Sometimes, we find ourselves producing less milk than baby needs.

Moms: Our bodies are designed to make milk.

Below are some hot tips for pumping up your breastmilk supply, care of Lactation Consultant, Renee Beebe, M.ED IBCLC. But, before you do anything, check with your lactation consultant or pediatrician. She will be able to help you determine if your baby’s weight gain is adequate, or if you have a medical issue. Once you’re sure that all is well with baby and there are no medical issues, try these tips for boosting your milk supply.

Lifestyle

  • Go to bed with your baby for a whole day (8 to 24 hours) – just breastfeed, eat, and sleep. Arrange for help so that you’re not getting up for anything but bathroom breaks. Sometimes a day of unrestricted breastfeeding and rest can give your body a much-needed boost.
  • Less stress. Though it’s not always simple, remove all people and events from your life that are causing you stress. Yes, it’s OK to ask your mother-in-law to go home if that will help alleviate your stress.
  • Take a nap! You need and deserve at least one nap per day. More if you’re recovering from a C-section. It’s amazing how well your body will respond to just a little more rest.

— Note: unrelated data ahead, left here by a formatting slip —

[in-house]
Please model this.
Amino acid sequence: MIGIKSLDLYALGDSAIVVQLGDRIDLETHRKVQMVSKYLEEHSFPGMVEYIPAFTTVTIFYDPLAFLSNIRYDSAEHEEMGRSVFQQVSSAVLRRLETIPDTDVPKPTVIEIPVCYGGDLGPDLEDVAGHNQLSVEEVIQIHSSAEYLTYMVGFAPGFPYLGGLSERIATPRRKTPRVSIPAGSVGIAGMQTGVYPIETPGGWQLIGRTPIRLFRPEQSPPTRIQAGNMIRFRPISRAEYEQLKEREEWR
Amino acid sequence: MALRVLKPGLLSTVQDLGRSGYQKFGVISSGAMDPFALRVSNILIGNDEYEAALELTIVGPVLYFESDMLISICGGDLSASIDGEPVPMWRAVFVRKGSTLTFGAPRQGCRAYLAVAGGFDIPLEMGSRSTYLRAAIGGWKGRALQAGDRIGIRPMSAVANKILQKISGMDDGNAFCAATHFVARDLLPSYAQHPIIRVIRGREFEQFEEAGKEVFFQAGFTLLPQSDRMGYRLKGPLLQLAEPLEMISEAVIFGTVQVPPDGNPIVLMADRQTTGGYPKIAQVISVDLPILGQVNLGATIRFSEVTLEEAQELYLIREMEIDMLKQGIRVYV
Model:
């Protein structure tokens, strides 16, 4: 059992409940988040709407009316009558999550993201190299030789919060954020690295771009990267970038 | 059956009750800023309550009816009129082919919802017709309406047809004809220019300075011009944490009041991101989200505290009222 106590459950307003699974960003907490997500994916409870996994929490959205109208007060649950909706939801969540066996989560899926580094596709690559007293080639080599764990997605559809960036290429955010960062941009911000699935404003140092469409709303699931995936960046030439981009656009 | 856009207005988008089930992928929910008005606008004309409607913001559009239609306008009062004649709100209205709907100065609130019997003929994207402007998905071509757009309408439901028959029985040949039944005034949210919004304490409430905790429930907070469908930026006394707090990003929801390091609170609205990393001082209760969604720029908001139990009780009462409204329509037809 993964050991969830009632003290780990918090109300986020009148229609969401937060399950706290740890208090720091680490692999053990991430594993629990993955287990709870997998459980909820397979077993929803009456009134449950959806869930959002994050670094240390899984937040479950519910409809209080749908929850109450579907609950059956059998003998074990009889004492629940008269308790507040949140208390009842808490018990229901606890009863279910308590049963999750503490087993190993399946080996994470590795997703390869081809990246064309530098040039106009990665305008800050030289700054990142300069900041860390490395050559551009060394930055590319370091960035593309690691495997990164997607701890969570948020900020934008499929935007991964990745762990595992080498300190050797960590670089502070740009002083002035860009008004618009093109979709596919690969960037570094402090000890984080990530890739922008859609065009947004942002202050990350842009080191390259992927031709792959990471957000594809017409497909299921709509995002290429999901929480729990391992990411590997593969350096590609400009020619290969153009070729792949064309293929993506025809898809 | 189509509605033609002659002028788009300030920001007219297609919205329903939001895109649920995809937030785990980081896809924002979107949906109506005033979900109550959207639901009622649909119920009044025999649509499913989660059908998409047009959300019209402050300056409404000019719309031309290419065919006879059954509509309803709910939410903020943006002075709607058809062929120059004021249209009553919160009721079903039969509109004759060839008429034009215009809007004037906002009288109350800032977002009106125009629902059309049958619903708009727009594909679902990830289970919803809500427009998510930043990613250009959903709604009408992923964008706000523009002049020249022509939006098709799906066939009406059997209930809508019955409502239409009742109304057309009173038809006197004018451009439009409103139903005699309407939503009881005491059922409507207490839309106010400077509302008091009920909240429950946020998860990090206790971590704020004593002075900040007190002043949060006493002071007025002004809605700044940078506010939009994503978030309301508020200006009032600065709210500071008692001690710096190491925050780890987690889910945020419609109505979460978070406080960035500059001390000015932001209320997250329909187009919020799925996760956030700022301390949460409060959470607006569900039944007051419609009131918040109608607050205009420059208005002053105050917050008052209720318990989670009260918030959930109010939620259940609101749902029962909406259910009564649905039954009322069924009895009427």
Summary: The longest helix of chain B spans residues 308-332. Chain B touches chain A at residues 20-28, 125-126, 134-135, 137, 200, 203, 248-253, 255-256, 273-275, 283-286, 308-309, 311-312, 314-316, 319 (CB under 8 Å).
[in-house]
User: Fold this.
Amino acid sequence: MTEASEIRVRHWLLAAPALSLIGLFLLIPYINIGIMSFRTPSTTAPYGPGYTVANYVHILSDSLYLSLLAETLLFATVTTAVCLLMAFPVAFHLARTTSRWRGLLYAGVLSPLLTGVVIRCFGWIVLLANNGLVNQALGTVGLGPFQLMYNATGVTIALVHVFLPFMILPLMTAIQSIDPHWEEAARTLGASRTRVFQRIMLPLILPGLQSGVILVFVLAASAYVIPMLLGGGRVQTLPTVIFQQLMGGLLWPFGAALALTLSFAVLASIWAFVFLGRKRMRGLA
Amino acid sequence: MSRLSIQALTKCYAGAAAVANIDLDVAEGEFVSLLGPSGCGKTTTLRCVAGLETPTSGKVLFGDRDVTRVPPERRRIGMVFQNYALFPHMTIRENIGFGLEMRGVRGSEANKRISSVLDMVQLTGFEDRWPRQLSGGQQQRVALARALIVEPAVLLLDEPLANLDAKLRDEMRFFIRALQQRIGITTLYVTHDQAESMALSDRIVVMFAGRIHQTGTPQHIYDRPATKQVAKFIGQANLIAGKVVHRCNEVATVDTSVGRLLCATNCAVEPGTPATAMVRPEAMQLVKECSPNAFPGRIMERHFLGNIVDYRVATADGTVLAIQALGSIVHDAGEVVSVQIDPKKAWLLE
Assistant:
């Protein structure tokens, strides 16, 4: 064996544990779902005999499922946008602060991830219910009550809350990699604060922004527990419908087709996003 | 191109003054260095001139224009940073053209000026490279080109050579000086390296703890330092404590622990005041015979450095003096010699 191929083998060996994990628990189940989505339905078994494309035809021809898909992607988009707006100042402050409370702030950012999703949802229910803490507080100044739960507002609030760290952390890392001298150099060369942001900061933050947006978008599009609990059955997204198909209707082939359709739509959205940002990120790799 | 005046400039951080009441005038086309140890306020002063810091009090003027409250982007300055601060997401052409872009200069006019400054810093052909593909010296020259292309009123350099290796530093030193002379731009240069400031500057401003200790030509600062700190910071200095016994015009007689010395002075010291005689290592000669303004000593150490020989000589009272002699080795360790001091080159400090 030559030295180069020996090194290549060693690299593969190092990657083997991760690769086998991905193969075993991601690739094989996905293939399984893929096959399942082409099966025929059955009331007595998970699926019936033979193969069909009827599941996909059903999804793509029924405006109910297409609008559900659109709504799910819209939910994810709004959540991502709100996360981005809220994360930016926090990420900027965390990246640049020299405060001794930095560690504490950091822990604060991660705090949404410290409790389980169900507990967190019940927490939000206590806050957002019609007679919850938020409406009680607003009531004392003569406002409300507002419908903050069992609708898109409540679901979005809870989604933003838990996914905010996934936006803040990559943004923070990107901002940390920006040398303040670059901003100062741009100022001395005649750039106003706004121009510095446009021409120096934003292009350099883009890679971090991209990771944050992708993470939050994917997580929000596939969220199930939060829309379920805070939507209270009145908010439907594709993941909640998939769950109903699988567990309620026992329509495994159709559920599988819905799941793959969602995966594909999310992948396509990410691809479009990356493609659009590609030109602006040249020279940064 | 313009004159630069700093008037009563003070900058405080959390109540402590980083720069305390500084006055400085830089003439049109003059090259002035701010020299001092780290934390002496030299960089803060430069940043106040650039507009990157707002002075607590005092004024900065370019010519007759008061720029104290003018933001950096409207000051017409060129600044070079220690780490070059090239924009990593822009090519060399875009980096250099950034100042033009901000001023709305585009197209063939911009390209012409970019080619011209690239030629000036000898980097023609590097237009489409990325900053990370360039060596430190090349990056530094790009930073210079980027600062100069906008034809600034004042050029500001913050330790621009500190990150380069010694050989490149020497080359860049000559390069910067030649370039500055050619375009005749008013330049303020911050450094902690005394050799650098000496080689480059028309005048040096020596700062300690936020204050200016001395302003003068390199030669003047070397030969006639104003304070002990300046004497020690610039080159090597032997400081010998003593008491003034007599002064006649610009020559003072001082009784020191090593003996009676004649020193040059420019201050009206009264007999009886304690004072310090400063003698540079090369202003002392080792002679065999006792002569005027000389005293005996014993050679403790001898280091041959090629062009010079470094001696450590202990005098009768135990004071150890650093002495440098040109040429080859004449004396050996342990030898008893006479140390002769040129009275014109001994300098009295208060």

Herbs & Medications

  • Fenugreek* and blessed thistle* have a reputation for helping mothers overflow with milk. Seek professional guidance – there are possible side effects with any remedy — even if it’s “natural.”
  • Seek the help of a professional. There are prescription medications that can help with milk supply.
  • Avoid hormonal birth-control methods. Many of my clients have noticed a reduction in milk supply after using IUD’s and oral contraceptives that use progesterone.

Food

  • Eat generously and stay well hydrated. Now is not the time to try to lose weight. Losing more than 1 pound a week may interfere with milk production.
  • Foods that increase milk supply: oatmeal, lactation cookies, garlic, carrots, fennel, nuts, papaya, sesame seeds, and ginger.
  • Foods that decrease milk supply (use them in moderation): parsley, peppermint/spearmint, sage, oregano, cabbage, and alcoholic beverages.

Pumping

  • Try pumping (double) immediately after feeds for 5 minutes or so. The purpose of this is to tell your breasts you want more milk. If your baby has done a good job at the breast, you will probably only be able to pump a few milliliters. It’s ok if you don’t actually pump out any milk.

Every mom has a story. When we face milk supply issues it hits the core of our being. It’s difficult to question our ability to nourish our children. Some of us can become so distressed that we begin to doubt our ability to nurture. The really tough part is that the more stressed we become, the more we become stressed – and our bodies don’t work well under stress

Go Mom. We’re here to help you any way that we can.